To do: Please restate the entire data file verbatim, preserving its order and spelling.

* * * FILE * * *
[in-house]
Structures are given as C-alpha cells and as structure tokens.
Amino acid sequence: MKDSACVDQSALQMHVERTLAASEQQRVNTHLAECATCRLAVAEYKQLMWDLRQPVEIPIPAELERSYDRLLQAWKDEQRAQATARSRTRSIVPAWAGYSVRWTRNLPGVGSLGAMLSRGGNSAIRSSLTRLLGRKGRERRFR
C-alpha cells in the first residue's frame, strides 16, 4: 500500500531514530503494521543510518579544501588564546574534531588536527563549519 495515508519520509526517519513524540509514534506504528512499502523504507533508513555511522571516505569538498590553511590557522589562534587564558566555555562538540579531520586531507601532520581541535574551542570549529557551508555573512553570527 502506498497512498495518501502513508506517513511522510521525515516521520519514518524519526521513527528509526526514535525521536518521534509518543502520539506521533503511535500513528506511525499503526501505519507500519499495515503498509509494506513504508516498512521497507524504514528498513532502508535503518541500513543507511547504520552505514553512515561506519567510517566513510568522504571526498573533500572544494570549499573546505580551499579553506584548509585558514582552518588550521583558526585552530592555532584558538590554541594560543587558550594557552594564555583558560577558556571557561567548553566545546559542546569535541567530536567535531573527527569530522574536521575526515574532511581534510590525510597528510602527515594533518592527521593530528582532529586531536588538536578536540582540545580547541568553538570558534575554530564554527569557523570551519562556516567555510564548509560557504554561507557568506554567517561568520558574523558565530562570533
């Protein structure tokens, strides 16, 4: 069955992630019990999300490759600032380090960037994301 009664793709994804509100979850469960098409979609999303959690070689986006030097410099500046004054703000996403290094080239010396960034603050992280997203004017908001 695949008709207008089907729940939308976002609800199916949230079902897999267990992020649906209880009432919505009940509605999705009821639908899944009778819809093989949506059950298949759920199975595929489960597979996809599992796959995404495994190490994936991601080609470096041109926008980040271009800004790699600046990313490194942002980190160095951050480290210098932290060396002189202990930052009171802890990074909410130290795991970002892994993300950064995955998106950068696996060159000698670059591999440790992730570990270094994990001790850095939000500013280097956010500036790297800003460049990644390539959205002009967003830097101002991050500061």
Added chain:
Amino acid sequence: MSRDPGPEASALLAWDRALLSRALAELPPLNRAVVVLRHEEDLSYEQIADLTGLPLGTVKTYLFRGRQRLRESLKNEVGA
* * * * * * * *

[in-house]
Structures are given as C-alpha cells and as structure tokens.
Amino acid sequence: MKDSACVDQSALQMHVERTLAASEQQRVNTHLAECATCRLAVAEYKQLMWDLRQPVEIPIPAELERSYDRLLQAWKDEQRAQATARSRTRSIVPAWAGYSVRWTRNLPGVGSLGAMLSRGGNSAIRSSLTRLLGRKGRERRFR
C-alpha cells in the first residue's frame, strides 16, 4: 500500500531514530503494521543510518579544501588564546574534531588536527563549519 495515508519520509526517519513524540509514534506504528512499502523504507533508513555511522571516505569538498590553511590557522589562534587564558566555555562538540579531520586531507601532520581541535574551542570549529557551508555573512553570527 502506498497512498495518501502513508506517513511522510521525515516521520519514518524519526521513527528509526526514535525521536518521534509518543502520539506521533503511535500513528506511525499503526501505519507500519499495515503498509509494506513504508516498512521497507524504514528498513532502508535503518541500513543507511547504520552505514553512515561506519567510517566513510568522504571526498573533500572544494570549499573546505580551499579553506584548509585558514582552518588550521583558526585552530592555532584558538590554541594560543587558550594557552594564555583558560577558556571557561567548553566545546559542546569535541567530536567535531573527527569530522574536521575526515574532511581534510590525510597528510602527515594533518592527521593530528582532529586531536588538536578536540582540545580547541568553538570558534575554530564554527569557523570551519562556516567555510564548509560557504554561507557568506554567517561568520558574523558565530562570533
């Protein structure tokens, strides 16, 4: 069955992630019990999300490759600032380090960037994301 009664793709994804509100979850469960098409979609999303959690070689986006030097410099500046004054703000996403290094080239010396960034603050992280997203004017908001 695949008709207008089907729940939308976002609800199916949230079902897999267990992020649906209880009432919505009940509605999705009821639908899944009778819809093989949506059950298949759920199975595929489960597979996809599992796959995404495994190490994936991601080609470096041109926008980040271009800004790699600046990313490194942002980190160095951050480290210098932290060396002189202990930052009171802890990074909410130290795991970002892994993300950064995955998106950068696996060159000698670059591999440790992730570990270094994990001790850095939000500013280097956010500036790297800003460049990644390539959205002009967003830097101002991050500061």
Added chain:
Amino acid sequence: MSRDPGPEASALLAWDRALLSRALAELPPLNRAVVVLRHEEDLSYEQIADLTGLPLGTVKTYLFRGRQRLRESLKNEVGA